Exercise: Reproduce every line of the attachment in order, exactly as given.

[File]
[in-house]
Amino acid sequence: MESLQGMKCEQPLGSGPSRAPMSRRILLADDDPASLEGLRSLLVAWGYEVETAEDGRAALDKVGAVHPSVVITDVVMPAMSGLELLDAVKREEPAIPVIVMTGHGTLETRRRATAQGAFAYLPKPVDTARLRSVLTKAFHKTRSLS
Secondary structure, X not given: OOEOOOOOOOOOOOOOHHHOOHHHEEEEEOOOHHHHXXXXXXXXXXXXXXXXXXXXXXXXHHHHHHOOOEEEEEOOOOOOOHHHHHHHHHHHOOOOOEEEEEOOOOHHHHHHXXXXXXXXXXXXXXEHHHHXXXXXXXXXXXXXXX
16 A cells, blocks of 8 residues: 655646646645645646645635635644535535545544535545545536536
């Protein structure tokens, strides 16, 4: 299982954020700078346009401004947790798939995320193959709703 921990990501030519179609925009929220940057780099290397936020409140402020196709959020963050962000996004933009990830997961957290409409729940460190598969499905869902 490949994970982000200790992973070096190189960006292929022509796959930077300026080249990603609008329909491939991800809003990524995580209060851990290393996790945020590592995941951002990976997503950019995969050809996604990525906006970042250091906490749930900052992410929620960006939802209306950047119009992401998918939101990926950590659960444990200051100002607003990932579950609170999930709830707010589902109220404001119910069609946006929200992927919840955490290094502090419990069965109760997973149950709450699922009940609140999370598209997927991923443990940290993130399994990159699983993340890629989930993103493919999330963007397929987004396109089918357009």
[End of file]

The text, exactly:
[in-house]
Amino acid sequence: MESLQGMKCEQPLGSGPSRAPMSRRILLADDDPASLEGLRSLLVAWGYEVETAEDGRAALDKVGAVHPSVVITDVVMPAMSGLELLDAVKREEPAIPVIVMTGHGTLETRRRATAQGAFAYLPKPVDTARLRSVLTKAFHKTRSLS
Secondary structure, X not given: OOEOOOOOOOOOOOOOHHHOOHHHEEEEEOOOHHHHXXXXXXXXXXXXXXXXXXXXXXXXHHHHHHOOOEEEEEOOOOOOOHHHHHHHHHHHOOOOOEEEEEOOOOHHHHHHXXXXXXXXXXXXXXEHHHHXXXXXXXXXXXXXXX
16 A cells, blocks of 8 residues: 655646646645645646645635635644535535545544535545545536536
């Protein structure tokens, strides 16, 4: 299982954020700078346009401004947790798939995320193959709703 921990990501030519179609925009929220940057780099290397936020409140402020196709959020963050962000996004933009990830997961957290409409729940460190598969499905869902 490949994970982000200790992973070096190189960006292929022509796959930077300026080249990603609008329909491939991800809003990524995580209060851990290393996790945020590592995941951002990976997503950019995969050809996604990525906006970042250091906490749930900052992410929620960006939802209306950047119009992401998918939101990926950590659960444990200051100002607003990932579950609170999930709830707010589902109220404001119910069609946006929200992927919840955490290094502090419990069965109760997973149950709450699922009940609140999370598209997927991923443990940290993130399994990159699983993340890629989930993103493919999330963007397929987004396109089918357009």